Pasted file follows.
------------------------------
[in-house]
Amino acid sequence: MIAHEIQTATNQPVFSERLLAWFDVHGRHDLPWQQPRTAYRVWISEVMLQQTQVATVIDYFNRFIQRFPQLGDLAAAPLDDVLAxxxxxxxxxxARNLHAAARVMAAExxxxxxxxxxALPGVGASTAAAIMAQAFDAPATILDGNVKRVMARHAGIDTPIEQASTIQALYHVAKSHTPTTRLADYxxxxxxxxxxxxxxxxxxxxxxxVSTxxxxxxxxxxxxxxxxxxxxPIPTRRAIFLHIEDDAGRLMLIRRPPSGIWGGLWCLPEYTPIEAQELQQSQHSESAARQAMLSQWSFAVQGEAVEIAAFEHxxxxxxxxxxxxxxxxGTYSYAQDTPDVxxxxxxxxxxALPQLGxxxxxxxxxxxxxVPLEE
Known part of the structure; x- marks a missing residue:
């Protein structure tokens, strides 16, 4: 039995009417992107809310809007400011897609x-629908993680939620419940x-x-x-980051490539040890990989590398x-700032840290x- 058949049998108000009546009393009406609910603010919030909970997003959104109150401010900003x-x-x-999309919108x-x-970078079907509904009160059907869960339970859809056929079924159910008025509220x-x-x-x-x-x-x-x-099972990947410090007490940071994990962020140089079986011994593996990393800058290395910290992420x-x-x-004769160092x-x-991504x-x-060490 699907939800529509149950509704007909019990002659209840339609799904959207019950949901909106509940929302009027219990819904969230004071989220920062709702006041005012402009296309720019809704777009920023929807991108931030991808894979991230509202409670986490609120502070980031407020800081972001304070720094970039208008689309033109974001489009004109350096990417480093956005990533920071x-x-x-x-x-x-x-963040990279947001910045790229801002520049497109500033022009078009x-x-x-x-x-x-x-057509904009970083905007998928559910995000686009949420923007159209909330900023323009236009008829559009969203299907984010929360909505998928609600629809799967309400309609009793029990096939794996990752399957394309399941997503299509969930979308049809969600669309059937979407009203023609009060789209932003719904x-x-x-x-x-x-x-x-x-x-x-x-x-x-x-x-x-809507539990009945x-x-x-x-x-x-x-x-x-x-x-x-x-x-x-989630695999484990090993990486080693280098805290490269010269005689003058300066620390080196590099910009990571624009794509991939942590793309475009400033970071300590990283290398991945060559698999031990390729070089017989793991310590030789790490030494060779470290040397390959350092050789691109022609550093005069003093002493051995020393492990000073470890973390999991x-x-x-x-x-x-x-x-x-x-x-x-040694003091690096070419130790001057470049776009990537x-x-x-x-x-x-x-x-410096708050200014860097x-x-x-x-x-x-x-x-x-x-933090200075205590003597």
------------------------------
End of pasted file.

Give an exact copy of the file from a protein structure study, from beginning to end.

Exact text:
[in-house]
Amino acid sequence: MIAHEIQTATNQPVFSERLLAWFDVHGRHDLPWQQPRTAYRVWISEVMLQQTQVATVIDYFNRFIQRFPQLGDLAAAPLDDVLAxxxxxxxxxxARNLHAAARVMAAExxxxxxxxxxALPGVGASTAAAIMAQAFDAPATILDGNVKRVMARHAGIDTPIEQASTIQALYHVAKSHTPTTRLADYxxxxxxxxxxxxxxxxxxxxxxxVSTxxxxxxxxxxxxxxxxxxxxPIPTRRAIFLHIEDDAGRLMLIRRPPSGIWGGLWCLPEYTPIEAQELQQSQHSESAARQAMLSQWSFAVQGEAVEIAAFEHxxxxxxxxxxxxxxxxGTYSYAQDTPDVxxxxxxxxxxALPQLGxxxxxxxxxxxxxVPLEE
Known part of the structure; x- marks a missing residue:
């Protein structure tokens, strides 16, 4: 039995009417992107809310809007400011897609x-629908993680939620419940x-x-x-980051490539040890990989590398x-700032840290x- 058949049998108000009546009393009406609910603010919030909970997003959104109150401010900003x-x-x-999309919108x-x-970078079907509904009160059907869960339970859809056929079924159910008025509220x-x-x-x-x-x-x-x-099972990947410090007490940071994990962020140089079986011994593996990393800058290395910290992420x-x-x-004769160092x-x-991504x-x-060490 699907939800529509149950509704007909019990002659209840339609799904959207019950949901909106509940929302009027219990819904969230004071989220920062709702006041005012402009296309720019809704777009920023929807991108931030991808894979991230509202409670986490609120502070980031407020800081972001304070720094970039208008689309033109974001489009004109350096990417480093956005990533920071x-x-x-x-x-x-x-963040990279947001910045790229801002520049497109500033022009078009x-x-x-x-x-x-x-057509904009970083905007998928559910995000686009949420923007159209909330900023323009236009008829559009969203299907984010929360909505998928609600629809799967309400309609009793029990096939794996990752399957394309399941997503299509969930979308049809969600669309059937979407009203023609009060789209932003719904x-x-x-x-x-x-x-x-x-x-x-x-x-x-x-x-x-809507539990009945x-x-x-x-x-x-x-x-x-x-x-x-x-x-x-989630695999484990090993990486080693280098805290490269010269005689003058300066620390080196590099910009990571624009794509991939942590793309475009400033970071300590990283290398991945060559698999031990390729070089017989793991310590030789790490030494060779470290040397390959350092050789691109022609550093005069003093002493051995020393492990000073470890973390999991x-x-x-x-x-x-x-x-x-x-x-x-040694003091690096070419130790001057470049776009990537x-x-x-x-x-x-x-x-410096708050200014860097x-x-x-x-x-x-x-x-x-x-933090200075205590003597």